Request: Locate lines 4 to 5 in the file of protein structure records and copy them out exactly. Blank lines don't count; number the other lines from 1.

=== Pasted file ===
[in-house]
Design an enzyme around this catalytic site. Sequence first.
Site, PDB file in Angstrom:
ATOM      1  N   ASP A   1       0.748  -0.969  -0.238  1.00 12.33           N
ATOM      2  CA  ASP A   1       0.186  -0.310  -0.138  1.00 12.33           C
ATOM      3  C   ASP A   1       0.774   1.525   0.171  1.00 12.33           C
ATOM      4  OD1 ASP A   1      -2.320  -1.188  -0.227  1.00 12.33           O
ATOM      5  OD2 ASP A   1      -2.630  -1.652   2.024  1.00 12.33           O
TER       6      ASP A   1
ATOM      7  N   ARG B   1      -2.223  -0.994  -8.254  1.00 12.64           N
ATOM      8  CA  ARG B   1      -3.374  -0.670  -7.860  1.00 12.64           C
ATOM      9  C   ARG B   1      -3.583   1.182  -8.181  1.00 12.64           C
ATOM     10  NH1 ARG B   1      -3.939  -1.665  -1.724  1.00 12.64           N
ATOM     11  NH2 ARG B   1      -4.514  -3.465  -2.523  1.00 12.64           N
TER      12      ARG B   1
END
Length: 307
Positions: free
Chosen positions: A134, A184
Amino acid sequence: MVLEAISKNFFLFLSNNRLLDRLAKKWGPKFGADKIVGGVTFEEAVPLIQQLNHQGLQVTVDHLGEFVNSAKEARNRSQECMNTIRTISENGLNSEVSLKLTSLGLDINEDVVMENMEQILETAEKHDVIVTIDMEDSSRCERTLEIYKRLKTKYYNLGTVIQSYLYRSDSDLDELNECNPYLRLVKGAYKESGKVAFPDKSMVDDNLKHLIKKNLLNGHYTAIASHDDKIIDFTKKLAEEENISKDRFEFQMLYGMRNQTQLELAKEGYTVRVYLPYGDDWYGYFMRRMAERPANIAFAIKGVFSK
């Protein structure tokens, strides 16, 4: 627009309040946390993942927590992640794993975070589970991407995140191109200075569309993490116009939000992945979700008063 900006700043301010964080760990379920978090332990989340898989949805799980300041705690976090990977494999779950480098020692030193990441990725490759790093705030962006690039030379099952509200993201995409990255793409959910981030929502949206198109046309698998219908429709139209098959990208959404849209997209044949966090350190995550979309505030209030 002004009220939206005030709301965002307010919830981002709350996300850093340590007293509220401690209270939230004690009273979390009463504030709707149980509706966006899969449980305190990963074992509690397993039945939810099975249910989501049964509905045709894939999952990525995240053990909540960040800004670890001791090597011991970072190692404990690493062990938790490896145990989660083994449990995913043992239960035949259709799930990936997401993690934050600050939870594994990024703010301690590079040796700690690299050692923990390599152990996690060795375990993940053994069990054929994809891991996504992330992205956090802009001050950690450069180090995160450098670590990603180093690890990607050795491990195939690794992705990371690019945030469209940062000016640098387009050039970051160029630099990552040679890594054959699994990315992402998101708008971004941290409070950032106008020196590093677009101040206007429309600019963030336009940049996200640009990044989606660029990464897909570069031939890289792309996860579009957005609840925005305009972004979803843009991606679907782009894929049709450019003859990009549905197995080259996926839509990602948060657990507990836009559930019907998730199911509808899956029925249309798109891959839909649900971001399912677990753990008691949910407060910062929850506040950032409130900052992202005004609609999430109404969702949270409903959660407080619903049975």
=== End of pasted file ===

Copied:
ATOM      1  N   ASP A   1       0.748  -0.969  -0.238  1.00 12.33           N
ATOM      2  CA  ASP A   1       0.186  -0.310  -0.138  1.00 12.33           C